Inflators for automobile passive restraint systems or other devices require a pyrotechnic initiator or electroexplosive device (EED) to operate the inflator. For actuating the gas generator or inflator an electroexplosive device starts the material of the gas generator burning. The inflator initiator is connected to a crash sensor that is positioned adjacent the initiator or at a remote location in the vehicle.

In operation, the crash sensor sends an electrical signal to the initiator or squib. The initiator fires into the ignitor chamber and ruptures a container, which holds an ignitor material, commonly a mixture of boron and potassium nitrate. The initiator consists of a pair of spaced parallel electrical pins joined at one end by a bridge wire which is embedded within pyrotechnic material. The pyrotechnic material bums with a very hot flame and ignites solid fuel gas generant pellets contained in the combustion chamber. The pellets release a nitrogen gas, which travels through the diffuser chamber and into the protective air bag for protecting occupants of the vehicle.

A common characteristic of electroexplosive devices (EED's) is that the bridge wire is susceptible to inadvertent radiant energy from outside electrostatic charges. This radiant energy, which may be of an electromagnetic or radio frequency origin, can inadvertently initiate the EED. Protection against such radiant energy will herein be referred to as EMI/RFI protection.

One prior art solution to overcome this hazard involves the use of ferrite beads disposed directly within a chamber of the initiator. The ferrite beads absorb the extraneous energy preventing the energy from reaching the bridge wire. See U.S. Pat. No. 4,306,499 to Holmes, which is assigned to the assignee of the present invention.

A problem with the electroexplosive device of Holmes is that incorporation of the EMI/RFI protection directly within the EED increases both the size of the device, as well as, manufacturing costs and time. Moreover, the manufacturer of the gas generator is limited to a specific EED design.

Another solution is a universal squib connector which encompasses a ferrite bead which surrounds the electrical terminal of the EED. See U.S. Pat. Nos. 5,200,574 and 5,241,910 to Cunningham et al., assigned to the assignee of the present invention. Cunningham et al. discloses universal connectors encompassing EMI/RFI protection, which are permanently secured within the gas generator. The ferrite bead, electrically, is essentially an inductor which impedes the instantaneous change in current flow.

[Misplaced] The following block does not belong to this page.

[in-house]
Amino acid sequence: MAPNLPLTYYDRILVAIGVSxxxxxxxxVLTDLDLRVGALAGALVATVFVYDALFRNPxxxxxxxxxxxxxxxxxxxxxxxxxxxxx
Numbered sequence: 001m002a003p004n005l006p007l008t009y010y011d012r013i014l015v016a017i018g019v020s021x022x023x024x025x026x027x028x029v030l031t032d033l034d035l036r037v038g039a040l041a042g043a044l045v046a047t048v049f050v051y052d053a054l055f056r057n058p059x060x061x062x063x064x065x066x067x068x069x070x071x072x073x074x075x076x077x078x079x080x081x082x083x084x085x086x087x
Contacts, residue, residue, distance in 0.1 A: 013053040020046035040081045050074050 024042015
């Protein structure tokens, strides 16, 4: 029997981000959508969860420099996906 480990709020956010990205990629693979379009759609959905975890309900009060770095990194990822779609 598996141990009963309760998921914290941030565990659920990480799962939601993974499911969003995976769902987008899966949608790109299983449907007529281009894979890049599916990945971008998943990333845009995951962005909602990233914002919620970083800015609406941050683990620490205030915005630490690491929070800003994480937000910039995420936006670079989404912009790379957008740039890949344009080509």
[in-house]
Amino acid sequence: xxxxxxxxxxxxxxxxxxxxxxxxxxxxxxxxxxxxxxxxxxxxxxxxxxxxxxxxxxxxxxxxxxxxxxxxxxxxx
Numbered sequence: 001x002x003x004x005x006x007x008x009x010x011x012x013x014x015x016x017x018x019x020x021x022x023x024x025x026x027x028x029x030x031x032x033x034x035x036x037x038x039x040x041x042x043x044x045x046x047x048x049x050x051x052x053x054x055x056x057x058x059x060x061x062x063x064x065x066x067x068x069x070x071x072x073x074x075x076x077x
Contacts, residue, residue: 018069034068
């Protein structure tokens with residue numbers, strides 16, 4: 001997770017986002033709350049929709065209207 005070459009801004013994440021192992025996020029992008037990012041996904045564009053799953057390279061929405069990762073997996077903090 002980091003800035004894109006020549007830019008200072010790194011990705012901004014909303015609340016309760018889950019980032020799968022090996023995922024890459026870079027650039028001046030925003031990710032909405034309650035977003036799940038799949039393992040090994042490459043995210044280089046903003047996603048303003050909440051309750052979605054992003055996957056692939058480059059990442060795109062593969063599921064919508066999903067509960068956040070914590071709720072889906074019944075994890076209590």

Another problem with known inflator assemblies is that the EED is crimped into the inflator base. This crimping process often damages the initiator if done improperly.

The use of a metal oxide varistor (MOV) to absorb electrostatic energy in an electroexplosive device has recently been explored. See, V. Menichelli, A Varistor Technique to Reduce the Hazards of Electrostatics to Electroexplosive Devices, (1974).

Typically, metal oxide varistors are used in surge suppression devices, such as computers. However, the prior art has not explored the use of a MOV in an electroexplosive device used as an initiator in an air bag gas generator.

SUMMARY OF THE INVENTION

It is an object of the present invention to provide an inflator socket pin collar which includes a metal oxide varistor tier the electro-static protection of the initiator of a gas generator, and more particularly, to a collar which acts as the electrical connection between the initiator and an electrical connector of a vehicle and which also supports the initiator within the gas generator.

One advantage of the collar of the present invention is that the collar includes an integral metal oxide varistor which is superior for protecting an integrated circuit initiator from electro-static discharge. The metal oxide varistor is an improvement over the ferrite bead of the prior art because of improved heat dissipating characteristics due to the placement of the metal oxide varistors between the socket pins and the collar.

Another advantage of the present invention is that collar of the present invention supports the initiator and the laser weld between the collar and initiator provides a superior hermetic seal between the components that does not damage the initiator.

In accomplishing these and other objectives of the invention, there is provided an inflator socket pin collar which includes integral electrostatic discharge protection for an initiator of an air bag inflator. The collar includes a body having first and second opposed ends. An upper chamber is disposed in the first end and a lower chamber disposed in the second end. The second chamber is capable of receiving the electrical connector of the vehicle. An insert is located in the first chamber. The insert includes means for connecting the initiator to an electrical connector of a vehicle. A metal oxide varistor is disposed in the insert for protecting the initiator from electrostatic discharge.

Other features and advantages of the present invention will become apparent from the following description of the invention which refers to the accompanying drawings.